There’s a small swimming hole that leads to a narrow crack in the wall. Paddle on through it with your tubes and then clamber over the rocks that lead up to each new level.
15. See Florence Falls, Litchfield National Park
Florence Falls is a stunning double-plunge waterfall leading to a popular swimming hole.
There’s a steep staircase down to the pools passing through a lovely viewing point, and you can walk between Florence Falls and Buley Rockholes.
16. Watch The Sunset at Ubirr, Kakadu
The best place to see the sun go down in Kakadu National Park is from up top of the rock at Ubirr with views over the Nadarb floodplains and Arnhem Land. One of the most beautiful sunsets we have seen!
17. Take A Sunrise Cruise in Katherine Gorge (Nitmiluk National Park)
Katherine Gorge, or Nitmiluk National Park as its known to its traditional owners, is made up of 13 gorges carved through ancient sandstone by the Katherine River.
The river has great ceremonial significance to the local aboriginal people.
A popular way to experience the gorge is via a cruise, which also takes you to Edith Falls in the park.
We chose the 2-hour dawn break cruise, and it was magical to see it awaken in the morning light.
18. Swim in Mataranka Hot Springs
This place is awesome. The Mataranka Thermal Pool is a constant 34 degrees celsius, its waters are rejuvenating, and surrounded by a palm forest.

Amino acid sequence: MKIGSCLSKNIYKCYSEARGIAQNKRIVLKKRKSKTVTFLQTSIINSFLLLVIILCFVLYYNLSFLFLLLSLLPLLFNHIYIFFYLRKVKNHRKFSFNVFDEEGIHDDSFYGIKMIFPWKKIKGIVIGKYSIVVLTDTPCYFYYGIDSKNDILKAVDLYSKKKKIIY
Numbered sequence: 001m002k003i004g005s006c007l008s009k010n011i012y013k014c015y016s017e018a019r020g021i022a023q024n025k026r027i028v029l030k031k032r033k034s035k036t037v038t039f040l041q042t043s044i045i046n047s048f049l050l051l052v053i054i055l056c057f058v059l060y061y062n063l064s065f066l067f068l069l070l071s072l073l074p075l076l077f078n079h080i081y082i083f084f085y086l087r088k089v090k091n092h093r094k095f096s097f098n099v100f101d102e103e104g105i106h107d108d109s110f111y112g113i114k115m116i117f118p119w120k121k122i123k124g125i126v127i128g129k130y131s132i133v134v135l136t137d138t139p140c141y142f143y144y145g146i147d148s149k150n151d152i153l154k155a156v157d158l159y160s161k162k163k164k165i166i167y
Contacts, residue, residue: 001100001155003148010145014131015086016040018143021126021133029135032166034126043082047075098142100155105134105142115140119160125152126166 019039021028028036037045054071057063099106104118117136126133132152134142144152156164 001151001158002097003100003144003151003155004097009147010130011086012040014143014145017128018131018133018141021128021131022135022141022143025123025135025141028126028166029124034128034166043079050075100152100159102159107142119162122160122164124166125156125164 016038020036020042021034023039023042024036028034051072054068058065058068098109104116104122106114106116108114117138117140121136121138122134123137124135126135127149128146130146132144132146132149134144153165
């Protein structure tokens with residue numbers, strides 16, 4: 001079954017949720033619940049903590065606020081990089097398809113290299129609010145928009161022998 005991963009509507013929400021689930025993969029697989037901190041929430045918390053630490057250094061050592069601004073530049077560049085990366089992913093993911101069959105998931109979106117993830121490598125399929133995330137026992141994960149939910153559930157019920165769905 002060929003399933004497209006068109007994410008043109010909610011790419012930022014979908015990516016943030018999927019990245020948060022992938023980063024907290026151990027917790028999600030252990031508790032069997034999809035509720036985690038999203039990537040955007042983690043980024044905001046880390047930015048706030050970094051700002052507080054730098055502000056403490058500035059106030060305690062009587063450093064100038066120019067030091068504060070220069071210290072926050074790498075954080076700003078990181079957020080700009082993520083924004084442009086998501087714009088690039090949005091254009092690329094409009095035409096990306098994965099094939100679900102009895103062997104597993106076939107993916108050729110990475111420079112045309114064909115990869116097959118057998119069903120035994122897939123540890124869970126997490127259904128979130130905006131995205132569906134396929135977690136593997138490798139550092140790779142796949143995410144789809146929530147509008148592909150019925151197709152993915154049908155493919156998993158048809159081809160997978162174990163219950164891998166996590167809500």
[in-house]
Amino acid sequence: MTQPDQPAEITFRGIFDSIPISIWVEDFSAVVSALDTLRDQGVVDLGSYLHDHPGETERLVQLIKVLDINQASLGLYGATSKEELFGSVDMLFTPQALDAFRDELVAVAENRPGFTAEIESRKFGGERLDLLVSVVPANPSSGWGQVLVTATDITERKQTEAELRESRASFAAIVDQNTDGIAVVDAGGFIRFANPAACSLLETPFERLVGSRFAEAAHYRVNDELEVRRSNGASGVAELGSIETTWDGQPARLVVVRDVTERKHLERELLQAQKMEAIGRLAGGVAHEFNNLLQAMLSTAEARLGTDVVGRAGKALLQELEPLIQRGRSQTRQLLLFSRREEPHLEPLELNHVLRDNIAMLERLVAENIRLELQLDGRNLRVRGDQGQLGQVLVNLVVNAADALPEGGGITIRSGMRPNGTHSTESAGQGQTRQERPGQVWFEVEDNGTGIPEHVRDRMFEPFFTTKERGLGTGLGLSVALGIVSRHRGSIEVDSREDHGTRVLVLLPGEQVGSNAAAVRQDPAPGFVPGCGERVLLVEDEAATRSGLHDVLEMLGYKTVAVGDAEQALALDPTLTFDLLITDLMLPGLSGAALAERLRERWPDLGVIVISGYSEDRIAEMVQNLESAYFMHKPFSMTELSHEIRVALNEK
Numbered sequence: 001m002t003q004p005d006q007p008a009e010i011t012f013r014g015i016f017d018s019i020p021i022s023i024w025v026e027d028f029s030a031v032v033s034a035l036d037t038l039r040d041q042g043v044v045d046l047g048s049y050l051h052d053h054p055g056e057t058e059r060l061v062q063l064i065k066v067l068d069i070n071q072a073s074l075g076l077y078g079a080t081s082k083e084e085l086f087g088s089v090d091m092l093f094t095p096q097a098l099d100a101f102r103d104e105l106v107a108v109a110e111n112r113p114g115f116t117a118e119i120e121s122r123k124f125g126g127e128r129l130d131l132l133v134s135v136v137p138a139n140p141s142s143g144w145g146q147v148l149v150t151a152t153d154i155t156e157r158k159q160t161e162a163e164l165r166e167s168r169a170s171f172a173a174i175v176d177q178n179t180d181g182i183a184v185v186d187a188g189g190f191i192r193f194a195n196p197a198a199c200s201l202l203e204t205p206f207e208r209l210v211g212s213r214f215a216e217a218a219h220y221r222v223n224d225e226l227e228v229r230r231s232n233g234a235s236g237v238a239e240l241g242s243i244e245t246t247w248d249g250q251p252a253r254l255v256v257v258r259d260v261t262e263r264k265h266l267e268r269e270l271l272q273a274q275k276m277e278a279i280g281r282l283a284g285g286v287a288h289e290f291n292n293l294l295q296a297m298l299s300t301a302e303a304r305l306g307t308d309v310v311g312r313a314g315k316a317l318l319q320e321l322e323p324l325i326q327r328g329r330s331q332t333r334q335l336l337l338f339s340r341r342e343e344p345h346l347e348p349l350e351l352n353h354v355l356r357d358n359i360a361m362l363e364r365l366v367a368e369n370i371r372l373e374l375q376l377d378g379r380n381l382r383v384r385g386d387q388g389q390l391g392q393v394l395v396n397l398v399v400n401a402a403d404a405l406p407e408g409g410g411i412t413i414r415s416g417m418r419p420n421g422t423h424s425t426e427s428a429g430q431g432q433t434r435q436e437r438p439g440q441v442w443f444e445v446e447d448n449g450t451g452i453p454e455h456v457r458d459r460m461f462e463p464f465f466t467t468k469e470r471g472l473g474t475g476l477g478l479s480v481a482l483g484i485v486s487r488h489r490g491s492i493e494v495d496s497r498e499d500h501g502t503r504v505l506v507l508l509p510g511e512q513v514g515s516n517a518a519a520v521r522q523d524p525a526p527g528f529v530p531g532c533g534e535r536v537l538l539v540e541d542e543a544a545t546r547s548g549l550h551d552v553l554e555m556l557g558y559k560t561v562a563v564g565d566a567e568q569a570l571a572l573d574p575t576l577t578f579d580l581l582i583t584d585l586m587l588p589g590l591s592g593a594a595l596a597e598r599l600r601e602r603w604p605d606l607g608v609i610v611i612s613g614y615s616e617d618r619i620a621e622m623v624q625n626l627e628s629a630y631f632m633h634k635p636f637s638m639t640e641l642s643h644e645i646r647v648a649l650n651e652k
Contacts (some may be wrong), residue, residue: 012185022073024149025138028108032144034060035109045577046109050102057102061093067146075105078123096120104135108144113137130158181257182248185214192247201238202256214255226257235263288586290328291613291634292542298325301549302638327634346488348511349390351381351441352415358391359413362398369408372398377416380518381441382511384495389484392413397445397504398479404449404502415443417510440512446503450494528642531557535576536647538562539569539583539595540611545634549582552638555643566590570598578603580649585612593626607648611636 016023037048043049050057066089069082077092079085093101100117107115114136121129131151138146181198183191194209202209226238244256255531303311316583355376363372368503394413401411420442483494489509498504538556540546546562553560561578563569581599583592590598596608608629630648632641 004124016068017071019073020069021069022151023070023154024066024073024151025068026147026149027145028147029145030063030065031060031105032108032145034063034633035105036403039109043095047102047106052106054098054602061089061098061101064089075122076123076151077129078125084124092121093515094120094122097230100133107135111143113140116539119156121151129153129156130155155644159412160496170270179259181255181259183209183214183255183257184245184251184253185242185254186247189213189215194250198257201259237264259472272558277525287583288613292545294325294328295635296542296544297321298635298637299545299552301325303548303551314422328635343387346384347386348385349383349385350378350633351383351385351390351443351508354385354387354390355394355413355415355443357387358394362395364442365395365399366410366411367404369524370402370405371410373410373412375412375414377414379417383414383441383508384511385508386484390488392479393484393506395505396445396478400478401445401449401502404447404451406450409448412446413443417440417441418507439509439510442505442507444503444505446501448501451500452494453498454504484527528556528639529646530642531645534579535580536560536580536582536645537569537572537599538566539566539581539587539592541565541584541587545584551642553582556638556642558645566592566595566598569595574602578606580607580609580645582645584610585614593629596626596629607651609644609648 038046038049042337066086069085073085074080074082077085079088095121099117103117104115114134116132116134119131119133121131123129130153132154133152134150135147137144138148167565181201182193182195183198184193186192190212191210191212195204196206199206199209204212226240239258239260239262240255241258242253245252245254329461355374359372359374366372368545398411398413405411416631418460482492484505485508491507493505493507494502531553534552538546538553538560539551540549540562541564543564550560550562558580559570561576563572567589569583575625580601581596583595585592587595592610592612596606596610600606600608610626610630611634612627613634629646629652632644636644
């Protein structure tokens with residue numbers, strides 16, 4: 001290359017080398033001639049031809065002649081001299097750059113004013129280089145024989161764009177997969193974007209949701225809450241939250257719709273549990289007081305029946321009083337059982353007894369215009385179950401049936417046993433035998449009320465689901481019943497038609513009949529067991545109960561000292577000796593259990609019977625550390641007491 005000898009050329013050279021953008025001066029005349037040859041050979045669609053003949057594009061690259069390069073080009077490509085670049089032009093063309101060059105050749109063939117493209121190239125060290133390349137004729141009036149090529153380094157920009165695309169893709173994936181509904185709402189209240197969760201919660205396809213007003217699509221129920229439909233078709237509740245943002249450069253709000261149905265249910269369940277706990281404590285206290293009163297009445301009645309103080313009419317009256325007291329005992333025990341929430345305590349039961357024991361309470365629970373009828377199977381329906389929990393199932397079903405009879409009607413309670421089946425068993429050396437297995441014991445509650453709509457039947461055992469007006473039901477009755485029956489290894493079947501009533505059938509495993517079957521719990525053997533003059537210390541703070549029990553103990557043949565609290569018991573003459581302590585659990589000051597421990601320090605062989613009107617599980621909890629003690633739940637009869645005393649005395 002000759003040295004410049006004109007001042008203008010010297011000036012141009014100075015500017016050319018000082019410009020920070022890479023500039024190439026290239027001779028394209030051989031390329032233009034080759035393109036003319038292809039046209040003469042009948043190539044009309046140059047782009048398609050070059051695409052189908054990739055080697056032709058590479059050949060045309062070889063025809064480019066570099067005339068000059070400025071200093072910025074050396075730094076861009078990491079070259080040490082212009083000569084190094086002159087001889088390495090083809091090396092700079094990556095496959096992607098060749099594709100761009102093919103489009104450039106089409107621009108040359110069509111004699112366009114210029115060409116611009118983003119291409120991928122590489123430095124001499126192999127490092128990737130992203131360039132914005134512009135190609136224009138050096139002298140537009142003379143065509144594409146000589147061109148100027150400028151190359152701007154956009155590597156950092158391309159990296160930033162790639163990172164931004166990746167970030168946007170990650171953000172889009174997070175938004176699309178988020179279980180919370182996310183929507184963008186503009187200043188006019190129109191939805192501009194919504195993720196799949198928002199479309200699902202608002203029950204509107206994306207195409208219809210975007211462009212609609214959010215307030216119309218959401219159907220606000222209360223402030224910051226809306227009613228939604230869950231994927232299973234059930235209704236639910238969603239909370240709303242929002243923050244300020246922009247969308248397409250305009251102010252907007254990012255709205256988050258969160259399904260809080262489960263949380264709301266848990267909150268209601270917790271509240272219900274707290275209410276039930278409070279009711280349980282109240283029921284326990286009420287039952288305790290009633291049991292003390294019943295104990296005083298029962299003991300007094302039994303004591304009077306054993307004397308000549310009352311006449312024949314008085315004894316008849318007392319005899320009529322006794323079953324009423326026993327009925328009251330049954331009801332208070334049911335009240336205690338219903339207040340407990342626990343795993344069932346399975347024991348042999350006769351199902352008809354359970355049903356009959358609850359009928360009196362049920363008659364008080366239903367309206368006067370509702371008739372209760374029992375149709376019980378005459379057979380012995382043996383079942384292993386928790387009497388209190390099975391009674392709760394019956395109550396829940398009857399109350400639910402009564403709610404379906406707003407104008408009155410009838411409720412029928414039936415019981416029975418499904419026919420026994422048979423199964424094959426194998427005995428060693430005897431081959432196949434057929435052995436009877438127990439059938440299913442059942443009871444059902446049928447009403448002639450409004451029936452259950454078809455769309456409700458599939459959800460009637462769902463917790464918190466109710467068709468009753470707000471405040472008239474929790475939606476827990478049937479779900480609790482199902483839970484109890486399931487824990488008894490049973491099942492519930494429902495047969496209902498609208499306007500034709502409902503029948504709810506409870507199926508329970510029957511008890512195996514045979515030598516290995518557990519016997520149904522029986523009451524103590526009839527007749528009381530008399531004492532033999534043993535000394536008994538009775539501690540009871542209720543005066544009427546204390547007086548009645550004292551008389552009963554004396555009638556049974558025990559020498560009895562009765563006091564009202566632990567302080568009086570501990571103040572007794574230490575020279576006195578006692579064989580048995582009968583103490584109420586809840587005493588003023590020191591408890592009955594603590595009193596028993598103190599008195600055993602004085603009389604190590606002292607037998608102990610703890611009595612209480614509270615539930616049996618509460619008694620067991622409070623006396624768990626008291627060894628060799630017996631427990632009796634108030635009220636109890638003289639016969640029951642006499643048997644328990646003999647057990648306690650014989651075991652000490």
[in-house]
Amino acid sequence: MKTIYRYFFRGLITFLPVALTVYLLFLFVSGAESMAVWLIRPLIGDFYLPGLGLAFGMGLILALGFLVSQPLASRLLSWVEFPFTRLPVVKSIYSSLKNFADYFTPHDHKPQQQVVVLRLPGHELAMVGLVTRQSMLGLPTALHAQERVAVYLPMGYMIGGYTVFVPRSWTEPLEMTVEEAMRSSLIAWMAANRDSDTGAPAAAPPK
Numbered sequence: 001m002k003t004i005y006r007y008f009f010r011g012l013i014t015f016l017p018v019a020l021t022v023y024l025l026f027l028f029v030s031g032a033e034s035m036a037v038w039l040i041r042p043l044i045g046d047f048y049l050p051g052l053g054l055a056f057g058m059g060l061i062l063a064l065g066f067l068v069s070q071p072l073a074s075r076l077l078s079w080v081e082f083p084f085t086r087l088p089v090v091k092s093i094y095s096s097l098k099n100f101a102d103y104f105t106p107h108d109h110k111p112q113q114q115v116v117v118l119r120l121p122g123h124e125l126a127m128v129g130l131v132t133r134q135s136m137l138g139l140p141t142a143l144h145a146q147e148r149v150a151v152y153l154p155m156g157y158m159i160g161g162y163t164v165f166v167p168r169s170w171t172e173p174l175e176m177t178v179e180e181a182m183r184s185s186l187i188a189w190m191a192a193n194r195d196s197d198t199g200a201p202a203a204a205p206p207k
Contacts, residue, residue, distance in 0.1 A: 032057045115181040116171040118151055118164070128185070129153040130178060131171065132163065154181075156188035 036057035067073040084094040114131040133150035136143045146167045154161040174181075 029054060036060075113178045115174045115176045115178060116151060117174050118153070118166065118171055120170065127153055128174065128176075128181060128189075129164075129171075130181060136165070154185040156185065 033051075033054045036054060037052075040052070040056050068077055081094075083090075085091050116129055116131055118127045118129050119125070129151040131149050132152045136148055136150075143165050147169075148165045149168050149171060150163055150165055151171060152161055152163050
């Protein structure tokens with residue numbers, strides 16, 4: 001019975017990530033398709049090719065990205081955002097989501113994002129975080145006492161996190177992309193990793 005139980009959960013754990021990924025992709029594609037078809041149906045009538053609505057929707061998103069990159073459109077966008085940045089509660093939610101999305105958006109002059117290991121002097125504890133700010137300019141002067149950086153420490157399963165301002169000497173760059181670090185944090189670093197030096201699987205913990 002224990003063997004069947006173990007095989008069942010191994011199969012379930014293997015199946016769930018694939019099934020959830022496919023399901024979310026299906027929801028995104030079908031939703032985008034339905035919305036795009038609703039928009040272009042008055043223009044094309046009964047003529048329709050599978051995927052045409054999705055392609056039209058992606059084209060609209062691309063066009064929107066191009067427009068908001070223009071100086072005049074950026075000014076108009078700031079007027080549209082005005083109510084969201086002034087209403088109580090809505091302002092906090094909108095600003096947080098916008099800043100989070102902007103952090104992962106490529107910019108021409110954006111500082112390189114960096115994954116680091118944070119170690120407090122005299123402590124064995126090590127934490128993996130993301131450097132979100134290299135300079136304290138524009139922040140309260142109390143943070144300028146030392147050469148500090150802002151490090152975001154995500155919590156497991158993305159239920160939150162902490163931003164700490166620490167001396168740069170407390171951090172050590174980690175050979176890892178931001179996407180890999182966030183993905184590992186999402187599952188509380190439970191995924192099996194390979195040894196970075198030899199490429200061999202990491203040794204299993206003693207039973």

Bring a noodle or other flotation device and let the current take you along. Hop out, and do it again.
Another popular hot spring is Katherine Hot Springs in Katherine South but I think Mataranka is a little less crowded.
19. Cycle the Base of Uluru
If you’re not up to walking 10 kilometres, hire bikes from Outback Cycling ($30 for three hours) or bring your own and cycle it.
We had a tag-along for Kalyra, Savannah sat in a baby seat, and the 15-kilometre track took us two hours, again stopping for more photos and drink breaks.
20. Explore Kata Tjuta by Foot
There are many walking trails that lead you between the domes of Kata Tjuta, such as the Walpa Gorge Walk, but also do the Valley of the Winds Walk for breathtaking views over the desert plains.
Start this walk at first light, especially in the warmer months. Be sure to head over to the Kata Tjuta Cultural Centre to learn about the park’s history and traditional owners.
21. Swim in Ormiston Gorge